Daniel Adler‘s step-grandmother sent him a couple of photo albums. In them are weird pictures of parents, grandparents, and his dad as a kid and adolescent.
In one picture my dad is nuzzling my mom on a couch. He has bedhead, a mustache, and is wearing buffalo plaid; she’s got a coffee cup in hand and a surprised look on her face, like “Isn’t it a little early for pictures?” But my grandfather knew a moment when he saw it.
I can see hints of my parents’ expressions that had yet to mature; gesticulations of my father’s when he was an adolescent; dismay on my mom’s face as my dad hugs her when he’s fresh from the ocean; as well as preterite expressions from youth: bliss, shyness, love.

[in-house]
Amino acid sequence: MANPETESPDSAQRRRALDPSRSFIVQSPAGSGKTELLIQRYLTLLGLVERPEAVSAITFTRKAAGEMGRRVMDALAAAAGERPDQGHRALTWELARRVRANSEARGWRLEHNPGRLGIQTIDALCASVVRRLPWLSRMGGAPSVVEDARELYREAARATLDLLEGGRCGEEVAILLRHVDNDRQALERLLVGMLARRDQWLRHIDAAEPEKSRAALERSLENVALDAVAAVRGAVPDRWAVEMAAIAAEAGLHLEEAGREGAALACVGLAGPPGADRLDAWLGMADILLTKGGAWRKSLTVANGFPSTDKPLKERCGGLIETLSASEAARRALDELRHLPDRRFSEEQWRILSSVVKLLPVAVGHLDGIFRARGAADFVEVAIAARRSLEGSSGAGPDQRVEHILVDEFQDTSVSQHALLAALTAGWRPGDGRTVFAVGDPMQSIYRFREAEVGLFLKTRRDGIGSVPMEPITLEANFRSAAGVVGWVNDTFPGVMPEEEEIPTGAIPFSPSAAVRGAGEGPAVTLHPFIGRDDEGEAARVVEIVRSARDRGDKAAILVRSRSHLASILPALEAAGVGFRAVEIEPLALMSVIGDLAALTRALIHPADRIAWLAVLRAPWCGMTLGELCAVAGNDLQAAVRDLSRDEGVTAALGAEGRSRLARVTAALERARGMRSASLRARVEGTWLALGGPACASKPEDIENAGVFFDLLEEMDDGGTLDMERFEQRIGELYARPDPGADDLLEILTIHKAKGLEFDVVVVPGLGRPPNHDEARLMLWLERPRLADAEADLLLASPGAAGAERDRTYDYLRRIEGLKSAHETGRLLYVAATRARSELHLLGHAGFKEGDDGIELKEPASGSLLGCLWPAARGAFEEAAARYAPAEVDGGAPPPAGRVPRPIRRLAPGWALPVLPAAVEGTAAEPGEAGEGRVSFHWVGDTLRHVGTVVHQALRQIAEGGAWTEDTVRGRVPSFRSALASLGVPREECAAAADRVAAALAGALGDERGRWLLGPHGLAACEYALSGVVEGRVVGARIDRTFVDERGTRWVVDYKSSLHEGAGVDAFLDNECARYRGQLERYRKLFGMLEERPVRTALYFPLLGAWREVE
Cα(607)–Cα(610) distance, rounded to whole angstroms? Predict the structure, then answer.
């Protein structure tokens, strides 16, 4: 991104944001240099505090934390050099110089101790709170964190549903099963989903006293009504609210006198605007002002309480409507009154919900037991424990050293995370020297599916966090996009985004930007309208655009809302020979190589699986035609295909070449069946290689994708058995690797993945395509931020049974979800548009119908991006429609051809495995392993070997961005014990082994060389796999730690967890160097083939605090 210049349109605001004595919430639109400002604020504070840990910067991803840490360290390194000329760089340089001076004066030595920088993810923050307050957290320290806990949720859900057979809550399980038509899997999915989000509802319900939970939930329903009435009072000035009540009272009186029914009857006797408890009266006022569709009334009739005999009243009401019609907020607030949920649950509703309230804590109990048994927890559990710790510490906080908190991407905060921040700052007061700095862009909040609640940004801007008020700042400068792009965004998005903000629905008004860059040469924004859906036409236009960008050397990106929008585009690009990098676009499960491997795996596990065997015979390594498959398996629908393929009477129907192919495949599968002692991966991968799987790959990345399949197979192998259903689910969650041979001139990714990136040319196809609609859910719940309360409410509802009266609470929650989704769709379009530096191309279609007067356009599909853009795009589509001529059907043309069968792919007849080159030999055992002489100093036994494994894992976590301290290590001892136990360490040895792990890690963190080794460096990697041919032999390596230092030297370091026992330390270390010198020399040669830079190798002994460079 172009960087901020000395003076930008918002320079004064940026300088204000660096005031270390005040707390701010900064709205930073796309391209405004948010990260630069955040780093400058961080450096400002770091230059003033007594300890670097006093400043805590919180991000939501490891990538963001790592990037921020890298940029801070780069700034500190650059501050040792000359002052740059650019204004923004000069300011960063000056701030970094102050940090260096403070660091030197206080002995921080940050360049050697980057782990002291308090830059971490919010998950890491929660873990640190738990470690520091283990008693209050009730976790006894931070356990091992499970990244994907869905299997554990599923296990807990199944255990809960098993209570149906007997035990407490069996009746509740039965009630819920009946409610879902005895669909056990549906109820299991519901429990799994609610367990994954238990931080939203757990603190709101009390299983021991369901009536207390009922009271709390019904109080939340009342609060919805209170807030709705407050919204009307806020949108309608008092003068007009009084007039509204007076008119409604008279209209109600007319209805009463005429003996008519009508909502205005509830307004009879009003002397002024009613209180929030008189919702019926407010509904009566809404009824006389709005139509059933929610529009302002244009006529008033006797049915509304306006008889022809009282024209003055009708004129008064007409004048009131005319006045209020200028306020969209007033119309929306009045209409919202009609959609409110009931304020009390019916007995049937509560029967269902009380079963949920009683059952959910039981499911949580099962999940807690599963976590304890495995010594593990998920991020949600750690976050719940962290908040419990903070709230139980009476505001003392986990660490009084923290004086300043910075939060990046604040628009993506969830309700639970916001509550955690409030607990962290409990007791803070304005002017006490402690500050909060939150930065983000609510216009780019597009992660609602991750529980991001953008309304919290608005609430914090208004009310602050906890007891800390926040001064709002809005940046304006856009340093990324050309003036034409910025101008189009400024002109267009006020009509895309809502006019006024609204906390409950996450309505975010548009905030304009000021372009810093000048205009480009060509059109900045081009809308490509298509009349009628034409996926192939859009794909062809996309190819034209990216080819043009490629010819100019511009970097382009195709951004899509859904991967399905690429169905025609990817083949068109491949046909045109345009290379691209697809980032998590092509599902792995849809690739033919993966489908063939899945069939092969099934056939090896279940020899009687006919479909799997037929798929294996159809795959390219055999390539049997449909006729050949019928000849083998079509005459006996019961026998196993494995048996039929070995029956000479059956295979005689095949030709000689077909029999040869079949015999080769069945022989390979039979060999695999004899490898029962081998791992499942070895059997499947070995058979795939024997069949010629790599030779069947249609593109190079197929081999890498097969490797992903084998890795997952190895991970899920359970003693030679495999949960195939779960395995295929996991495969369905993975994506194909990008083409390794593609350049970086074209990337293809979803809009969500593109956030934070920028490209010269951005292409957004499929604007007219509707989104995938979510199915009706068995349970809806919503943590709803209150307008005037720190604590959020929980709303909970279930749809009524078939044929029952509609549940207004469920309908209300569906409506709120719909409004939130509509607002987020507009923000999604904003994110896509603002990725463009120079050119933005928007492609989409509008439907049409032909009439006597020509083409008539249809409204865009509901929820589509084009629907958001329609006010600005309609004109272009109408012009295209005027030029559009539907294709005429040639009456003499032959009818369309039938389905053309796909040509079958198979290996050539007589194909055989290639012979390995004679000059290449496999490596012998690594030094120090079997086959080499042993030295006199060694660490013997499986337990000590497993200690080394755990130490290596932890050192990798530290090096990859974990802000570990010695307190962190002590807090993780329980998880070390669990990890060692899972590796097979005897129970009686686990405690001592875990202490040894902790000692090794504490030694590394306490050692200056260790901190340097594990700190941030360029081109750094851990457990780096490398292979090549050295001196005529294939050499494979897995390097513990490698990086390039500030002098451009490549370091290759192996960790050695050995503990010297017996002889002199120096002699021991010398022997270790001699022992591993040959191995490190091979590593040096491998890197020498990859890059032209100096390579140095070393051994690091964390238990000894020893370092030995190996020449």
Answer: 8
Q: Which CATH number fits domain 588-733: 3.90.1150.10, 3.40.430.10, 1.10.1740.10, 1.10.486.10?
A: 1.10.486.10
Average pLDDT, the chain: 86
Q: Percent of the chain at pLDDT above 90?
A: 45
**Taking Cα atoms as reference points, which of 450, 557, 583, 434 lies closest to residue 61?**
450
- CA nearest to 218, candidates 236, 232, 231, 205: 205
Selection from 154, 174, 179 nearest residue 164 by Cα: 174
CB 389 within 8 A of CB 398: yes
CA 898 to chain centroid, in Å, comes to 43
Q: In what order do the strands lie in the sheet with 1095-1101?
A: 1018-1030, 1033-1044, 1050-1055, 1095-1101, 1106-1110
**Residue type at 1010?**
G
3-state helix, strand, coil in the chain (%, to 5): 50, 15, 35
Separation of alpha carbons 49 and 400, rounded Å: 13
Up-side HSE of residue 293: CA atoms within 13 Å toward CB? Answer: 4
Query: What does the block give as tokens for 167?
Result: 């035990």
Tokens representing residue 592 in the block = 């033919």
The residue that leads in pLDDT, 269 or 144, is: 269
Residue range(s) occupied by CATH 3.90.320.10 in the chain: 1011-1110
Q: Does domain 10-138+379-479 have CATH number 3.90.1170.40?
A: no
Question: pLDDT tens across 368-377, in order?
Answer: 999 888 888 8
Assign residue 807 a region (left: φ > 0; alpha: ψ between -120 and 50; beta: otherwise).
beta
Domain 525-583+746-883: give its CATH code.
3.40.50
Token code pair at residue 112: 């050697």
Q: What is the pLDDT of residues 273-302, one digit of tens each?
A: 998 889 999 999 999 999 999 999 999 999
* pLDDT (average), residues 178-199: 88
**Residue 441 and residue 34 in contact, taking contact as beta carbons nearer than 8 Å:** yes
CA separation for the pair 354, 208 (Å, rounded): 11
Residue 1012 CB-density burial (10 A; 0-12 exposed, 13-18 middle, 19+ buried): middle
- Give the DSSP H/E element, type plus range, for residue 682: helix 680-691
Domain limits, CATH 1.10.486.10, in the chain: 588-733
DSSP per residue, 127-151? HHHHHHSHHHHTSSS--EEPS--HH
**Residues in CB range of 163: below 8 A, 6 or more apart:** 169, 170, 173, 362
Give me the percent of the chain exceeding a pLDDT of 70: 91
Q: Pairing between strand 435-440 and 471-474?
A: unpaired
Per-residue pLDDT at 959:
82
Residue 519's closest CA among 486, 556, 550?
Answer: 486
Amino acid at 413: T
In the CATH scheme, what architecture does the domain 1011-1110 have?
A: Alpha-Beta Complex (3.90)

I compare myself to my father, see his handsome jaw and focused eyes, and think how his eyes always have kindness or pride, or silliness, a certain gravity that mine lack. I admire my mother’s slender fingers and her fine bearing, and think about the couple they once made, a lifetime ago. I think about how I’ll look back on my own pictures one day and remember how youthful I was and compare my happiness to what it was then…